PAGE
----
On average, when you’re in your office you get interrupted every three minutes.
I’ve just interrupted you now.
The more responsibility you have in your organisation, the more interruptions you get.
Research from the School of Information and Computer Sciences at the University of California, Irvine, shows that the majority of these interruptions are external and work-oriented – people asking questions, checking progress and needing answers.
If your job requires you to have ideas (and if it doesn’t, resign!), these interruptions are killers. You’re just beginning to focus on your current task when someone reminds you your timesheets are due.
Now you’re distracted by a chore you hate. You might be lucky. You might be able to put that negative thought aside and get back to your creative thinking. But remember, you only have 3 minutes, after which someone else will interrupt you.
External interruptions are only half the story. 44% of the time, you interrupt yourself. Why do you do that? Well here’s one reason – you’re struggling with the task you’re working on. If you’re struggling, you actually welcome interruptions. If none happens, you create your own.
Let’s say that the task is indeed coming up with ideas. Ideas come about by connecting the seemingly unconnected. You’re sitting in an uninspiring office, surrounded by files, people and emails that are all connected with your business. You’re trying to get original ideas by connecting things in your head – knowledge about your business, old knowledge, facts you’ve acquired throughout your career. The big idea just won’t happen.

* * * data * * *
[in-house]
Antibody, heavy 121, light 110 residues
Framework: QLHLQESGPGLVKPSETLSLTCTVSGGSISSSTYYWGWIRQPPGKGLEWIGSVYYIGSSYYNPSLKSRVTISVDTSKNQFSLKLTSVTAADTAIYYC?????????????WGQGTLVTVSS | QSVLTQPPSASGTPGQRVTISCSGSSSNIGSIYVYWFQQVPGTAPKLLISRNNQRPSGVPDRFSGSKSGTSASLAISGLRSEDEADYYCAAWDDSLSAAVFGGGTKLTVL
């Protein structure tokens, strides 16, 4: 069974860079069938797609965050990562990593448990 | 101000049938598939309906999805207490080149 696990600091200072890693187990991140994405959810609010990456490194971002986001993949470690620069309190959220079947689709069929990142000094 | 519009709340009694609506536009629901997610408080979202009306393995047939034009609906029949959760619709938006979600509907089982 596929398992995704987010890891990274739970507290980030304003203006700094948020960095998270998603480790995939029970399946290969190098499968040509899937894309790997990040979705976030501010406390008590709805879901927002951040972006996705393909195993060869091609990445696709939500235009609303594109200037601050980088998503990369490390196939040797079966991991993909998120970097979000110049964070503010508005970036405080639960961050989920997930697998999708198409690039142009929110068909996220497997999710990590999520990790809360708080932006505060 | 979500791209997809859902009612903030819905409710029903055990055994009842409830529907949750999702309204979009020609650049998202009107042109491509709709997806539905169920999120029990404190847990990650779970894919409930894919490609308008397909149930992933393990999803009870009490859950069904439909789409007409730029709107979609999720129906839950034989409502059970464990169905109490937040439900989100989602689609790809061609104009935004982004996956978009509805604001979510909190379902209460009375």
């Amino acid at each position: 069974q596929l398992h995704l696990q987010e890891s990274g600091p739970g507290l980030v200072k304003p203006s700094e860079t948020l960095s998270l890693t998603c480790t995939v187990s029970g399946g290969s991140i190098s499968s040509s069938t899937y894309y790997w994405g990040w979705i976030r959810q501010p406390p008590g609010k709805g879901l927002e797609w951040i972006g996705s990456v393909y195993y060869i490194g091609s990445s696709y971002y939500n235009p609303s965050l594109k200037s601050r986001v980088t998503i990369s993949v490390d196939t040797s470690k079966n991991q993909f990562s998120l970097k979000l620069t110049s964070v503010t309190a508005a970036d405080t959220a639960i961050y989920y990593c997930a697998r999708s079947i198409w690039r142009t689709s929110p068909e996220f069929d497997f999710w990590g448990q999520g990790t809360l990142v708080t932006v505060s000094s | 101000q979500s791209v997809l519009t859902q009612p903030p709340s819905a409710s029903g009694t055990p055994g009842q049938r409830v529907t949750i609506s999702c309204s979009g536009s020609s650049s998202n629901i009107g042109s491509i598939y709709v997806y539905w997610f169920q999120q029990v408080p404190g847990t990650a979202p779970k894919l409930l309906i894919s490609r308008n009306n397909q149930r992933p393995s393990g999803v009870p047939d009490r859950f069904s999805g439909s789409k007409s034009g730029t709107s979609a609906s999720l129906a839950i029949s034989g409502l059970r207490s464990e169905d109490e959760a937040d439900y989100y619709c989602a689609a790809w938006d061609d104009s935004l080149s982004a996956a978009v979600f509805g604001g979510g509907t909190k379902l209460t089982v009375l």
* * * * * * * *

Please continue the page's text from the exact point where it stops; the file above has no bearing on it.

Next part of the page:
To get original ideas, you need to find a way to swap interruptions for inspirations. And the best way you’ll do that is to get out of your office environment.
I spent decades as an advertising copywriter. As is usual in that industry, writers work in tandem with art directors. I worked for a long time with a talented art director named Paul Figg. We worked well together.
Whenever Figgy and I needed ideas, big ideas, we would get out of the office.
If it were summer, we’d go to the beach. Or a café. We were surrounded on all sides by distractions – especially at the beach. But here’s what happened – instead of interruptions to our creative thinking, they became inspirations.
Because the distractions had nothing to do with our work. They weren’t about timesheets or meetings or other clients.
On a typical day at the beach, we might find inspiration from a yacht’s red spinnaker, a girl’s breasts, an old man swimming laps, the sound of an anchor chain, a dog playing with a ball, a girl’s breast, a seagull stealing food, the sun disappearing behind a cloud, crabs at the water’s edge, lovers on the promenade, or a girl’s breasts.
If you want ideas, you won’t find them in your office. If you’re struggling with a task, an interruption might even be welcome – but it won’t become in inspiration.
To get inspired, you need to get out more.